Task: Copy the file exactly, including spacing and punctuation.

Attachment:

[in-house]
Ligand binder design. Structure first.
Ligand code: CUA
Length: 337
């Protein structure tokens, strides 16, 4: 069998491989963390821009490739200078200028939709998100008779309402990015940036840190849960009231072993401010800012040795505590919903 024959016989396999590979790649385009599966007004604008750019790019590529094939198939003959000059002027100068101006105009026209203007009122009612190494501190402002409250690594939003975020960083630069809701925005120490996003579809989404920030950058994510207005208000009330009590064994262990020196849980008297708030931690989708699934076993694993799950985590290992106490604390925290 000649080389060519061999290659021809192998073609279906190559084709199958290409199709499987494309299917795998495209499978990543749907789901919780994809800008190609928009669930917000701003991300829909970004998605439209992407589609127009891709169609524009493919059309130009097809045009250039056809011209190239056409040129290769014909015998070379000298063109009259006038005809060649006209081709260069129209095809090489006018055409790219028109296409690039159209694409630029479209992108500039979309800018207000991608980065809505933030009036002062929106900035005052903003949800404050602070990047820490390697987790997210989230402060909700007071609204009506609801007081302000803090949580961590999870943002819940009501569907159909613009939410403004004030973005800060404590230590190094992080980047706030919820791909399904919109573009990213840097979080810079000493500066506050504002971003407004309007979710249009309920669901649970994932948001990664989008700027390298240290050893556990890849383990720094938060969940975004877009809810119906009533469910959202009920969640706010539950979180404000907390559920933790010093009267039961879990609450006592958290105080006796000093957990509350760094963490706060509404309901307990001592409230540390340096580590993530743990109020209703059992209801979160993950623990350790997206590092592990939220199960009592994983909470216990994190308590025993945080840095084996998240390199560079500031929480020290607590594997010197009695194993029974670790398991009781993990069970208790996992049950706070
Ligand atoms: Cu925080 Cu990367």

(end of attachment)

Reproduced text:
[in-house]
Ligand binder design. Structure first.
Ligand code: CUA
Length: 337
């Protein structure tokens, strides 16, 4: 069998491989963390821009490739200078200028939709998100008779309402990015940036840190849960009231072993401010800012040795505590919903 024959016989396999590979790649385009599966007004604008750019790019590529094939198939003959000059002027100068101006105009026209203007009122009612190494501190402002409250690594939003975020960083630069809701925005120490996003579809989404920030950058994510207005208000009330009590064994262990020196849980008297708030931690989708699934076993694993799950985590290992106490604390925290 000649080389060519061999290659021809192998073609279906190559084709199958290409199709499987494309299917795998495209499978990543749907789901919780994809800008190609928009669930917000701003991300829909970004998605439209992407589609127009891709169609524009493919059309130009097809045009250039056809011209190239056409040129290769014909015998070379000298063109009259006038005809060649006209081709260069129209095809090489006018055409790219028109296409690039159209694409630029479209992108500039979309800018207000991608980065809505933030009036002062929106900035005052903003949800404050602070990047820490390697987790997210989230402060909700007071609204009506609801007081302000803090949580961590999870943002819940009501569907159909613009939410403004004030973005800060404590230590190094992080980047706030919820791909399904919109573009990213840097979080810079000493500066506050504002971003407004309007979710249009309920669901649970994932948001990664989008700027390298240290050893556990890849383990720094938060969940975004877009809810119906009533469910959202009920969640706010539950979180404000907390559920933790010093009267039961879990609450006592958290105080006796000093957990509350760094963490706060509404309901307990001592409230540390340096580590993530743990109020209703059992209801979160993950623990350790997206590092592990939220199960009592994983909470216990994190308590025993945080840095084996998240390199560079500031929480020290607590594997010197009695194993029974670790398991009781993990069970208790996992049950706070
Ligand atoms: Cu925080 Cu990367």